Militarily, sideslip can be employed as a defense tactic when being targeted by gunfire. Sideslip isn't immediately apparent to the human observer which causes them to aim at the point where the aircraft would be if it were flying straight.
Slips are especially useful when operating aircraft that have neither high-drag flaps nor spoilers (typically pre-1950s training aircraft, or in aerobatic aircraft such as the Pitts Special), or in any aircraft in which the flaps cannot be extended due to a system failure.
Two forms are employed, the forward-slip and the sideslip. Aerodynamically these are identical once established, but are entered in different manners and will create different ground tracks and headings relative to those prior to entry. Slips are particularly useful in performing a short field landing over an obstacle (such as trees, or power lines), or to avoid an obstacle (such as a single tree on the extended centerline of the runway), and may be practiced as part of emergency landing procedures. These methods are also commonly employed in flying from farmstead or rough country airstrips where approach hazards are present.
As with any low altitude maneuver it is extremely important to maintain proper airspeed in order to prevent a stall and a consequent spin (due to the "cross controlled" state). Airspeed indications may also be less accurate at high sideslip angles in some aircraft.
A forward-slip is useful when a pilot has set up for a landing approach with excessive height or must descend steeply beyond a tree line to touchdown near the start of a short runway. Assuming that the runway is properly lined up, the forward slip will allow the aircraft track to be maintained while steepening the descent without adding excessive airspeed. Since the heading is not aligned with the runway, the slip must be removed before touchdown to avoid excessive side loading on the landing gear, and if a cross wind is present an appropriate side slip may be necessary at touchdown as described below.
In the United States, student pilots are required to know how to do forward slips before embarking on their first solo flight. The logic is that in the event of an engine failure, the pilot will have to land on the first attempt and will not have a chance to go around if the aircraft is too high and/or too fast.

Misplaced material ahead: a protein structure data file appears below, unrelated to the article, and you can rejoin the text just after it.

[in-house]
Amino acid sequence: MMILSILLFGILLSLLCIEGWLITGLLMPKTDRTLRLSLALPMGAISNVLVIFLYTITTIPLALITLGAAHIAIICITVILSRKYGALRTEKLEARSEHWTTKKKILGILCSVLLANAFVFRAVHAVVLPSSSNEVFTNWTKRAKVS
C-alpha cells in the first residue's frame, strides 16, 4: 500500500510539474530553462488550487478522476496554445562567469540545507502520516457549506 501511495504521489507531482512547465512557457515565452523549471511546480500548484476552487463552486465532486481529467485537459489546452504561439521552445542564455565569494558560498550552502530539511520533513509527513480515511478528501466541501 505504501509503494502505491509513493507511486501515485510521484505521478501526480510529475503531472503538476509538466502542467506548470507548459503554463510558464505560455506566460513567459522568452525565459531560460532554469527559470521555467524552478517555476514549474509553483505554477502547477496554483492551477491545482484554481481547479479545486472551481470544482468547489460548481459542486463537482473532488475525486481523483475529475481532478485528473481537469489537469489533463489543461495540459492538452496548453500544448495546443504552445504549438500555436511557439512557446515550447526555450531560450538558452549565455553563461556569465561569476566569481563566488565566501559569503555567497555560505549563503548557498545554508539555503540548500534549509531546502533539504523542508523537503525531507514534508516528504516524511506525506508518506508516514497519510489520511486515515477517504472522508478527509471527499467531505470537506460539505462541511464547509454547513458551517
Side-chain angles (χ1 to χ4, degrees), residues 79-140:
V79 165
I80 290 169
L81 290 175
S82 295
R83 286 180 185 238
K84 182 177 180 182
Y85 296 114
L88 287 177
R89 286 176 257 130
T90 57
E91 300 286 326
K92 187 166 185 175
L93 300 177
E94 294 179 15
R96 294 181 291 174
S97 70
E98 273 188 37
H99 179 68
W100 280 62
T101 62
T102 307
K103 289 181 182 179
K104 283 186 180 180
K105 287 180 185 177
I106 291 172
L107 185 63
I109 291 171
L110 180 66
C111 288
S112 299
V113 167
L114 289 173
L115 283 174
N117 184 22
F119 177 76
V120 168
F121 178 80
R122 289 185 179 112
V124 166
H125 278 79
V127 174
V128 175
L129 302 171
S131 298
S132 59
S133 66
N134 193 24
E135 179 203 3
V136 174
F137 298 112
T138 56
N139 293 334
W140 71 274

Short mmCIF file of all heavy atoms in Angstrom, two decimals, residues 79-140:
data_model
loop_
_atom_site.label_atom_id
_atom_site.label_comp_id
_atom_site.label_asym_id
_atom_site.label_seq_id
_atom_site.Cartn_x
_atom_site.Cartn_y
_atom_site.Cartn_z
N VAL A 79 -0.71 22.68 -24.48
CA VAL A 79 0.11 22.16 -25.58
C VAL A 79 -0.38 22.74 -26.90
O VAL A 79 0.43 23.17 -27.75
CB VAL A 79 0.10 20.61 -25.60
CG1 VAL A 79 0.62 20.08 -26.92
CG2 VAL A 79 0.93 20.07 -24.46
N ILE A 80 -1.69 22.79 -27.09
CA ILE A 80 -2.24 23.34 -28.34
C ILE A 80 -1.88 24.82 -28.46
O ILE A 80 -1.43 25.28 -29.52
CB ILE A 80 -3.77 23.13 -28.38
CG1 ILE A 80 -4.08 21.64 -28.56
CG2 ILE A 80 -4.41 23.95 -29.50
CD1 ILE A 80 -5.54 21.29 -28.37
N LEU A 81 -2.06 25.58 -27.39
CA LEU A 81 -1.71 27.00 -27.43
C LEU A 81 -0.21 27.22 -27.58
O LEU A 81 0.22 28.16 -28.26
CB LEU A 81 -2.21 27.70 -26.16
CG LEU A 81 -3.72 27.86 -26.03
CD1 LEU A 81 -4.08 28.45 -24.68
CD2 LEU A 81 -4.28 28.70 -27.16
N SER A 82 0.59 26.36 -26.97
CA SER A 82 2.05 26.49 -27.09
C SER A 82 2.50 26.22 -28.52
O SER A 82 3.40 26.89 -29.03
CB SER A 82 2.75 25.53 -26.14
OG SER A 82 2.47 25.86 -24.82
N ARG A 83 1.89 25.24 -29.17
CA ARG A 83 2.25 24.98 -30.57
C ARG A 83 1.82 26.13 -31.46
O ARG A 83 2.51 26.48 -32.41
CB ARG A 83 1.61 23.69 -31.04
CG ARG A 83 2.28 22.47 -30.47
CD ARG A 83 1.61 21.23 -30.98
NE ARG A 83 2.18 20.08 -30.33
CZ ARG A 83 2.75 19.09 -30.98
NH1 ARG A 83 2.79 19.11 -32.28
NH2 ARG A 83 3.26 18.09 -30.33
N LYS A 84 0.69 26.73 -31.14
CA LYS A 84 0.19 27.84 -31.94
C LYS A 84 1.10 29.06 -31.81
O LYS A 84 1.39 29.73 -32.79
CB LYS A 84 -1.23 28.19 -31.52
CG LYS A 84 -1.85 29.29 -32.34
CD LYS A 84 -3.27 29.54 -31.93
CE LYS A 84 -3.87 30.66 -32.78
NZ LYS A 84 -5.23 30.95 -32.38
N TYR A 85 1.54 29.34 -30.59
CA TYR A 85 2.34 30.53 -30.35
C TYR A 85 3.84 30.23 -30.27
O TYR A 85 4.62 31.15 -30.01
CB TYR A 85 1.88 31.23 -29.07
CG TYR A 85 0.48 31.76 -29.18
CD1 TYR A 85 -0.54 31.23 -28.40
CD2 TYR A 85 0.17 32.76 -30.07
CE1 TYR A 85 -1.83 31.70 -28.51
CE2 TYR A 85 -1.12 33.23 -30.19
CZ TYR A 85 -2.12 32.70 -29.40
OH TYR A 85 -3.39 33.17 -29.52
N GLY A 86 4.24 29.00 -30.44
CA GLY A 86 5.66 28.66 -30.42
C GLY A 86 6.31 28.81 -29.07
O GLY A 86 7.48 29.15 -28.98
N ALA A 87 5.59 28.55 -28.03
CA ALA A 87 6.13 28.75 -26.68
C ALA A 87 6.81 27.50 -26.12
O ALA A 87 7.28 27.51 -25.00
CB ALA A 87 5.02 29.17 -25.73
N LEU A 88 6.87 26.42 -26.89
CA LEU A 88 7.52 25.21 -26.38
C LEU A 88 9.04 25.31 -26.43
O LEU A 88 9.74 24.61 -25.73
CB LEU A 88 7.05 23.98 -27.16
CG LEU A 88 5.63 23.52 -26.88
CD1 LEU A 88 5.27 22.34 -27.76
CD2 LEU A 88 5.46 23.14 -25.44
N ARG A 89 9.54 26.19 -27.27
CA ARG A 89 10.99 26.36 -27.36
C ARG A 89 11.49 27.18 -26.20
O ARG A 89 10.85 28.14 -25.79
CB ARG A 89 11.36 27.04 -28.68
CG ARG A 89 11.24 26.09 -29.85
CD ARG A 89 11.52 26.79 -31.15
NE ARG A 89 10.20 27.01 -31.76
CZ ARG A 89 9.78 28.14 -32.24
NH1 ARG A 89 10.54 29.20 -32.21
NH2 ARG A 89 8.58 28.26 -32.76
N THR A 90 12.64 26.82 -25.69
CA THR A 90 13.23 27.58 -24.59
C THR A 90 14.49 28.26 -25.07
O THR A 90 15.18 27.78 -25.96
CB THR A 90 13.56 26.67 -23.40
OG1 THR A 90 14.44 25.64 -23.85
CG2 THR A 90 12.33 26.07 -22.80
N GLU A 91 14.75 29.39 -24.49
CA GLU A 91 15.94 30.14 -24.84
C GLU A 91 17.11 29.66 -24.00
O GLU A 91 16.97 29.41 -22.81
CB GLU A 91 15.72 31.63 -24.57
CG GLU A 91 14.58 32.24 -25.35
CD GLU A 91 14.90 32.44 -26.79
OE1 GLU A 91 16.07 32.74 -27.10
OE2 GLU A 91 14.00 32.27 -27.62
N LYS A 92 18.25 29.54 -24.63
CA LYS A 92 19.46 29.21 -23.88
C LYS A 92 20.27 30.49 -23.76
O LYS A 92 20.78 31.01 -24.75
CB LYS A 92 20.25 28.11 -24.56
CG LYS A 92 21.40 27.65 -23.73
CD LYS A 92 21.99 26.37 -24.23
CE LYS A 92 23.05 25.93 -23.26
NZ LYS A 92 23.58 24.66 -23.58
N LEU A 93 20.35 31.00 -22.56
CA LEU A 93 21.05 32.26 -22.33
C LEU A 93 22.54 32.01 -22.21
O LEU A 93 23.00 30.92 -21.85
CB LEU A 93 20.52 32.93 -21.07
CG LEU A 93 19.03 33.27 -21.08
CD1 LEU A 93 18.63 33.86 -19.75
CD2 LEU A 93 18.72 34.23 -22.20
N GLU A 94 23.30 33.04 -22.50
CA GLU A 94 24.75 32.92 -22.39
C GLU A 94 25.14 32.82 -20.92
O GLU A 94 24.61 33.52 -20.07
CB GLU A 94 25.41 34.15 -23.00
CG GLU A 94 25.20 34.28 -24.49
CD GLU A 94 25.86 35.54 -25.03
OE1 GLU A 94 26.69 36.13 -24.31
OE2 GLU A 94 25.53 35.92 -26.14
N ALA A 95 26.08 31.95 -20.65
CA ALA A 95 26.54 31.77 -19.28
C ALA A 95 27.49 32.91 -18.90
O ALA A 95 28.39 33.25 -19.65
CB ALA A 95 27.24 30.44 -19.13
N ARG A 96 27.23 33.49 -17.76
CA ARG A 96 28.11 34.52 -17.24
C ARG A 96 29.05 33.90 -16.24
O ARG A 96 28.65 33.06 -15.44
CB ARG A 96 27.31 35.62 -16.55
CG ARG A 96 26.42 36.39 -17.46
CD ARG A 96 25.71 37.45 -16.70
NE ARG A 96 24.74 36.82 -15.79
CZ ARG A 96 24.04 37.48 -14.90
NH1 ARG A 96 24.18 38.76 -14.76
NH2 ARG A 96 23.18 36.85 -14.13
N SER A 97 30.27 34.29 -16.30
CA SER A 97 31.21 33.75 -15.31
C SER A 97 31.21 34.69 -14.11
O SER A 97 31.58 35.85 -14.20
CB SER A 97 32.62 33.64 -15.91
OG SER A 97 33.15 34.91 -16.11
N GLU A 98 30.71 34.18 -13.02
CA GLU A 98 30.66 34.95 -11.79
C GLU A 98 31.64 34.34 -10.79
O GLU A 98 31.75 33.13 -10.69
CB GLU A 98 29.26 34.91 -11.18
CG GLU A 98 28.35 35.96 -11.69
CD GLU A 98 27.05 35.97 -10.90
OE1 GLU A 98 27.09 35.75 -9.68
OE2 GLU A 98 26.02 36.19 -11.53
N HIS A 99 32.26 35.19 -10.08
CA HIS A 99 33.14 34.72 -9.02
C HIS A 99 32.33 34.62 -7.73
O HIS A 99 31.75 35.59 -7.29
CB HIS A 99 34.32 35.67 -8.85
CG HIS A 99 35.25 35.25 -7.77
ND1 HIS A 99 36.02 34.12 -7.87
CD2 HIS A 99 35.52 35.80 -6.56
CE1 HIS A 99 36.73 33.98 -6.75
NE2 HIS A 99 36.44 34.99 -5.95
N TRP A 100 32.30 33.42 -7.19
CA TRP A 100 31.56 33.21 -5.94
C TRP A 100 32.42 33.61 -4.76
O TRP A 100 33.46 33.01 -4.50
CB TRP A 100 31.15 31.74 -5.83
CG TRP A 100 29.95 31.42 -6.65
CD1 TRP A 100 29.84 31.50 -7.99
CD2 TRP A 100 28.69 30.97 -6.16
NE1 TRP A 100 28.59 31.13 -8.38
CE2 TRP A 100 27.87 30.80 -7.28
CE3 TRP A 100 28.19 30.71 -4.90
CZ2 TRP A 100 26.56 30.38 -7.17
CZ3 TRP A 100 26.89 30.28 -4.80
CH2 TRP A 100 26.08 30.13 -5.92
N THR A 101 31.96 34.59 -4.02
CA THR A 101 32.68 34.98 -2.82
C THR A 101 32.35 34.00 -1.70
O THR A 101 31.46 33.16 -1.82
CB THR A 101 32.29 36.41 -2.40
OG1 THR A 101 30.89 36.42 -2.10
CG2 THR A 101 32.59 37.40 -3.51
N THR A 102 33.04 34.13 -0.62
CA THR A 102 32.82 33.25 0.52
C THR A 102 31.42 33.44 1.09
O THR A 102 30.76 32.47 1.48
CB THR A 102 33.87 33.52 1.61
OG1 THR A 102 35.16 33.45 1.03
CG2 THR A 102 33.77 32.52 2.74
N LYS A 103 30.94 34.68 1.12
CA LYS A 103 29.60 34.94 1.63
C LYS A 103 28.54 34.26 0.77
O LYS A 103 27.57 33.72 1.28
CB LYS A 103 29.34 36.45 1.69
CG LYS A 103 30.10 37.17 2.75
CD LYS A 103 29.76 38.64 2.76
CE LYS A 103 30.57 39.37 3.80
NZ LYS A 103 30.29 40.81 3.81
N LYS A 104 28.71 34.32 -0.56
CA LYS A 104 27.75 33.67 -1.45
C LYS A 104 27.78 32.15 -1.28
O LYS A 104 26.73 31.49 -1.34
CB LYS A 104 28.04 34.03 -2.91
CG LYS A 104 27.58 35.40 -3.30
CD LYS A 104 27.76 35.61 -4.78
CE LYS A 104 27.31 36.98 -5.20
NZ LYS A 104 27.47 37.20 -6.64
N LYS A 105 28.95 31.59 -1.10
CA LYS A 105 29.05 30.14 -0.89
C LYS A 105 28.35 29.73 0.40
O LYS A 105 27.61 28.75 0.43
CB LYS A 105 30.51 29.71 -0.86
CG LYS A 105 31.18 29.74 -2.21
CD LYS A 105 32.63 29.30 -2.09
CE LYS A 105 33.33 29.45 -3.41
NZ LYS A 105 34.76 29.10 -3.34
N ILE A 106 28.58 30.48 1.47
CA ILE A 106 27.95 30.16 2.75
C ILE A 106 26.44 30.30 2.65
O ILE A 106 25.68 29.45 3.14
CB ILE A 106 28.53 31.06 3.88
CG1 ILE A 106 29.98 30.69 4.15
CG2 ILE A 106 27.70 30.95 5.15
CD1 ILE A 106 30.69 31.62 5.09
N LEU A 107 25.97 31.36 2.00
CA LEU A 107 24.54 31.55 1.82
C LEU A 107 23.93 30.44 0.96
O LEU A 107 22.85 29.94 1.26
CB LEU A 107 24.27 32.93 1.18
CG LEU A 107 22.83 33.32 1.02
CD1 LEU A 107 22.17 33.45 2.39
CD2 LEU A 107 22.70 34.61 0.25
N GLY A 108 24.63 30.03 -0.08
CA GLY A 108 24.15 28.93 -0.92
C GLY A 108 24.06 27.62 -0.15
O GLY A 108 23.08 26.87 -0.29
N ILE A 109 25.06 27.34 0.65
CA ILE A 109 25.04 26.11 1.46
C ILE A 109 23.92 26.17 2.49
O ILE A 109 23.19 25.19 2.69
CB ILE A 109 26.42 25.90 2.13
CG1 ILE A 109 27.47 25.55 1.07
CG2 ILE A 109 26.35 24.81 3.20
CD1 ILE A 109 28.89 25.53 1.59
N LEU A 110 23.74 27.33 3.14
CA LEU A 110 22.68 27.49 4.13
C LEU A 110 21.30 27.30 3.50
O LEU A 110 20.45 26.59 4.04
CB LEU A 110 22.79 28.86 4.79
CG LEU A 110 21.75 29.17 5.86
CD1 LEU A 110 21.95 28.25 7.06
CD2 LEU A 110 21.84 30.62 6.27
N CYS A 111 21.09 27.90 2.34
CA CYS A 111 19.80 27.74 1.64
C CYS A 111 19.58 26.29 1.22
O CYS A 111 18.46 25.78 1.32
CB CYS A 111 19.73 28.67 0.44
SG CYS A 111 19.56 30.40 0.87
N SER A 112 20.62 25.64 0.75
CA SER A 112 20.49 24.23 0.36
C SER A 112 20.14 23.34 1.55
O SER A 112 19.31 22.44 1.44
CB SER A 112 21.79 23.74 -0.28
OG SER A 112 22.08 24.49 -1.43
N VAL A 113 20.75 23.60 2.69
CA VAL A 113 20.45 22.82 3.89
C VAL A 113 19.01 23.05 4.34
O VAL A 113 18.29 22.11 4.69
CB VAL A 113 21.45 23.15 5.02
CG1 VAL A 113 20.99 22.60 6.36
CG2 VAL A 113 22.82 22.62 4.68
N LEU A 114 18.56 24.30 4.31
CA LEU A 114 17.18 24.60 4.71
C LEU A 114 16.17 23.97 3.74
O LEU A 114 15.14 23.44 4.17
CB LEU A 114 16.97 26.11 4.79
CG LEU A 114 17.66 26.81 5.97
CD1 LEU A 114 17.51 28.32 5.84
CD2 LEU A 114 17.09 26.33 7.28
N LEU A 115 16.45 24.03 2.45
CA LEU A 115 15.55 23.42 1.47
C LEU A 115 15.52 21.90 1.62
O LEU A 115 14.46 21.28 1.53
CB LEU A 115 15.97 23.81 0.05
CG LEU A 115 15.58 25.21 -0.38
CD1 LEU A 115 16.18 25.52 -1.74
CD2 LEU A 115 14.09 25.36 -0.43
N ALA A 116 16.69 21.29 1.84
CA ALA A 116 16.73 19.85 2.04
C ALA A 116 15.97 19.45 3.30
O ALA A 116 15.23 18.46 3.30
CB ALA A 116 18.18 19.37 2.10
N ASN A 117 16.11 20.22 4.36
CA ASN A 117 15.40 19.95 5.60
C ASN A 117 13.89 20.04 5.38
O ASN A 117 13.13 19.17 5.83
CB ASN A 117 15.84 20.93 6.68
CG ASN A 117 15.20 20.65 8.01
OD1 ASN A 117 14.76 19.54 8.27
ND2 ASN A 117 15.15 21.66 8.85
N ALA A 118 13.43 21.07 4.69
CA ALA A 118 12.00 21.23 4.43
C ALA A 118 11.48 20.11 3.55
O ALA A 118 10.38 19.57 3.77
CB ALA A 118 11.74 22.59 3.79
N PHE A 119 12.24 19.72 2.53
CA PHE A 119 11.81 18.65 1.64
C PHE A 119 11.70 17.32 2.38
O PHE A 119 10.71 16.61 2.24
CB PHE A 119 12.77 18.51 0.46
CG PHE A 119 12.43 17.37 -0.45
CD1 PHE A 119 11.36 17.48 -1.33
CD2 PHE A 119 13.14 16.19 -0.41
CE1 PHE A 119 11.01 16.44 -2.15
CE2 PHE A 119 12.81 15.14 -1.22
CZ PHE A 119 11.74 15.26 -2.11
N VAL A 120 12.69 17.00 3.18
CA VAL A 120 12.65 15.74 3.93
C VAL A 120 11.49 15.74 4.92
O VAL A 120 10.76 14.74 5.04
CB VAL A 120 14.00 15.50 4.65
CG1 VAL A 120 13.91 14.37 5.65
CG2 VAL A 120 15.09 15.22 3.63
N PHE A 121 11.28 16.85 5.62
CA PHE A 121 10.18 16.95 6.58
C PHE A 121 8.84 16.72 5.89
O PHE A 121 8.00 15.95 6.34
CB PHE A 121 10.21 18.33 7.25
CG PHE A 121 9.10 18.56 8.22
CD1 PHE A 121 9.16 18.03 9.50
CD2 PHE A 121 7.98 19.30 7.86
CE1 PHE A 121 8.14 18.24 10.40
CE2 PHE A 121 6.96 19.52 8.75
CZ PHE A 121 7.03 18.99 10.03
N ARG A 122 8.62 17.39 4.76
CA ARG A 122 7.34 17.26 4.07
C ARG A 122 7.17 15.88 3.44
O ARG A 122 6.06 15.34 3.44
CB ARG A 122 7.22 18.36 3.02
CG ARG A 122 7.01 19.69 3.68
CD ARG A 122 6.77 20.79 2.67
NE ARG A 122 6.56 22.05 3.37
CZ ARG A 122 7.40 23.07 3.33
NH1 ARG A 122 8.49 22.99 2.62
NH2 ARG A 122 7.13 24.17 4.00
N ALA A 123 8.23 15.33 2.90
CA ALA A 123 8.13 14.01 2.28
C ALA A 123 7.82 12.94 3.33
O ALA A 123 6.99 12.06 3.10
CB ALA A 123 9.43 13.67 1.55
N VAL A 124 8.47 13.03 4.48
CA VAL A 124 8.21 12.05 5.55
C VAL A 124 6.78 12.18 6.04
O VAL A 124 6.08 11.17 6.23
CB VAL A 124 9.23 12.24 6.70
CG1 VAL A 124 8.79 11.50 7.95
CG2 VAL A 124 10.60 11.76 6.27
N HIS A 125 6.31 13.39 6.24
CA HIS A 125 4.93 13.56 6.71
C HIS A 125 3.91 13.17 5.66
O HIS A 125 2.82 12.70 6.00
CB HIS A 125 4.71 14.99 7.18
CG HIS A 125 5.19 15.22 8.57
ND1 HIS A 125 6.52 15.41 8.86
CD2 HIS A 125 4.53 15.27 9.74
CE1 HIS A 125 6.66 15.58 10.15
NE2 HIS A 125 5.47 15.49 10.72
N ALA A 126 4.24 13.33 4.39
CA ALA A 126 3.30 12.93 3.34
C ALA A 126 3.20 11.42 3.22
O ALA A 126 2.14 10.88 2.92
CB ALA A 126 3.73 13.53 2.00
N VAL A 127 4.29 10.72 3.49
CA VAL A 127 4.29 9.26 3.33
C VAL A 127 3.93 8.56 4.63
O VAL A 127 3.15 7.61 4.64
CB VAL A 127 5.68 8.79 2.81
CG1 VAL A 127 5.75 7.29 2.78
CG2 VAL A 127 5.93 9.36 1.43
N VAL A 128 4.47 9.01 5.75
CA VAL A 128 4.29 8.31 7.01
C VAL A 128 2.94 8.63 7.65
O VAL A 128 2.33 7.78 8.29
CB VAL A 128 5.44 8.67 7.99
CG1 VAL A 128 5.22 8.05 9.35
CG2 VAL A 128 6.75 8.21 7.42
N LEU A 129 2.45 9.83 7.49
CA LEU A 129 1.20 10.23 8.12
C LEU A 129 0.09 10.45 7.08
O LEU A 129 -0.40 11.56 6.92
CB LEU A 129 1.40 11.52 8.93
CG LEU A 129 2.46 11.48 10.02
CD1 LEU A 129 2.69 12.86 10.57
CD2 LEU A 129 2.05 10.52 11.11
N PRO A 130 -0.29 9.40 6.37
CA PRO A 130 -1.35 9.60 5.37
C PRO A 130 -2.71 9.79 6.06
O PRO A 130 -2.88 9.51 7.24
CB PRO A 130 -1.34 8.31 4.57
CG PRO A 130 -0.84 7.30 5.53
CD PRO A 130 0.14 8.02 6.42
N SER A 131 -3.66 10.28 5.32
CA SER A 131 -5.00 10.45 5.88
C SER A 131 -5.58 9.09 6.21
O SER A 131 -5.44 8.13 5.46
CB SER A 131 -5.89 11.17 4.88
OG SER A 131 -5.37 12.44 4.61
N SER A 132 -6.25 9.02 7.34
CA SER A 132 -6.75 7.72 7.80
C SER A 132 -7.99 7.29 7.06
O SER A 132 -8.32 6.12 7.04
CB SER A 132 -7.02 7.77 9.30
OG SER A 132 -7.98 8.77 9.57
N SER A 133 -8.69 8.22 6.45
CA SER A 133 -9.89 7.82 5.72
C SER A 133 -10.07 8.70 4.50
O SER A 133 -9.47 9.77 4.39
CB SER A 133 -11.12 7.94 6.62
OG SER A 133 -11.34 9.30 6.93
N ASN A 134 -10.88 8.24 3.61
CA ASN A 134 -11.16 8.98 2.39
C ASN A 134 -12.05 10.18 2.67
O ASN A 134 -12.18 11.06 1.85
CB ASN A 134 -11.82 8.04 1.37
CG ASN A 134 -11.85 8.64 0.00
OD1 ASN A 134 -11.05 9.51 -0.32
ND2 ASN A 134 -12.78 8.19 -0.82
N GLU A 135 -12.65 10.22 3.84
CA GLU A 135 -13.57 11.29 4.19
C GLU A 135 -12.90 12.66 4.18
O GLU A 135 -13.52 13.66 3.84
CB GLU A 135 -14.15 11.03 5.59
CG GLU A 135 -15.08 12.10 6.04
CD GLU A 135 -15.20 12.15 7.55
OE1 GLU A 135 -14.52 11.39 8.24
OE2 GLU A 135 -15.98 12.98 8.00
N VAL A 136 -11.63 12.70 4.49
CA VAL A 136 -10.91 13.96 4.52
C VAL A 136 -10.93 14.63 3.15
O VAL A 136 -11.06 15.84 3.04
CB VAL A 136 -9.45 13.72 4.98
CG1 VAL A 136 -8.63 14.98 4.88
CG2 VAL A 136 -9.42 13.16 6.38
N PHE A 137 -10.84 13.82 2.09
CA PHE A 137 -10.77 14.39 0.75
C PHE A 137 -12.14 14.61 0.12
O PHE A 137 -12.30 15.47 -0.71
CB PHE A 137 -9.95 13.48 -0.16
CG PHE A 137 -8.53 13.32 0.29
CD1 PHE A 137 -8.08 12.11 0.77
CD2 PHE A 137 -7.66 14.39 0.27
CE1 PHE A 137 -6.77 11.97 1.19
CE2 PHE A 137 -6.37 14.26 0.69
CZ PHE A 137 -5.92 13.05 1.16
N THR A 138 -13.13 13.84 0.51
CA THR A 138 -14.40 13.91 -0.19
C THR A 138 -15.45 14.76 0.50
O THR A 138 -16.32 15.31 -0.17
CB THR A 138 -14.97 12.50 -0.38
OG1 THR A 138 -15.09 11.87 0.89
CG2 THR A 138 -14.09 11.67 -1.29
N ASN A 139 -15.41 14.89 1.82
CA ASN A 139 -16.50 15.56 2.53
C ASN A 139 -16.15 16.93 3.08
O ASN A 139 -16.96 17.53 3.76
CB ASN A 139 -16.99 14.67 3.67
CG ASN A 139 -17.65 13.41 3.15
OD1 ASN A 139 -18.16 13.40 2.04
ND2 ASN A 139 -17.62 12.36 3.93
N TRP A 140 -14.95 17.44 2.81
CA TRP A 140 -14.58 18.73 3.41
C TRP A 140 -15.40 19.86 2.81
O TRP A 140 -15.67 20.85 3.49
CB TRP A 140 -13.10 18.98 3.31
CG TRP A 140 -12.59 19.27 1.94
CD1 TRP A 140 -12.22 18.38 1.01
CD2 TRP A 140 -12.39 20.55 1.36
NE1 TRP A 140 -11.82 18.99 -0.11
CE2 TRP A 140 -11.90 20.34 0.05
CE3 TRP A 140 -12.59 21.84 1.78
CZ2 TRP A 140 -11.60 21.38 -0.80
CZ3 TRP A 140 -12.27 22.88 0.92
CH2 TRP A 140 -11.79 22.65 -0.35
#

In the sideslip condition, the airplane's longitudinal axis remains parallel to the original flightpath, but the airplane no longer flies straight along its original track. Now, the horizontal component of lift forces the airplane to move sideways toward the low wing.
A sideslip is also one of the methods used by pilots to execute a crosswind landing. In order to land crosswind using the sideslip method, the pilot puts the airplane into a sideslip toward the wind to maintain runway centerline position while maintaining heading on the centerline with the rudder, touching one main landing gear, followed by the second main gear, and finally the nose gear (or tail gear if employed). This allows the wheels to be constantly aligned with the track, thus avoiding any side load at touchdown.
The slideslip method for cross-wind landings is not suitable for long winged and low sitting aircraft such as sailplanes, where instead a crab angle (heading into the wind) is maintained until a moment before touchdown. However glider pilots regularly use side-slips to increase their rate of descent while landing, particularly in the case of older sailplanes not equipped with high drag devices (spoilers or flaps).
There are other, specialized circumstances where slips can be useful in aviation. For example, during aerial photography, a slip can lower one side of the aircraft to allow ground photos to be taken through a side window. Pilots will also use a slip to land in icing conditions if the front windshield has been entirely iced over — by landing slightly sideways, the pilot is able to see the runway through the aircraft's side window. Slips also play a role in aerobatics and aerial combat.
In normal flight air passes over an airfoil wing section at exactly 90 degrees to the leading edge, thus all the airflow is involved with creating lift. When a side slip is initiated this angle reduces so only a component of the air flow is flowing over the wing at 90 degrees. So if less air is flowing over the wing at 90 degrees then less lift is being produced. Furthermore the airflow over the fuselage is at an angle, increasing the relative frontal area and in fuselages of rectangular cross section greatly increasing the drag, with the combined effects of reduced lift and increased drag causing the aircraft to descend very rapidly.
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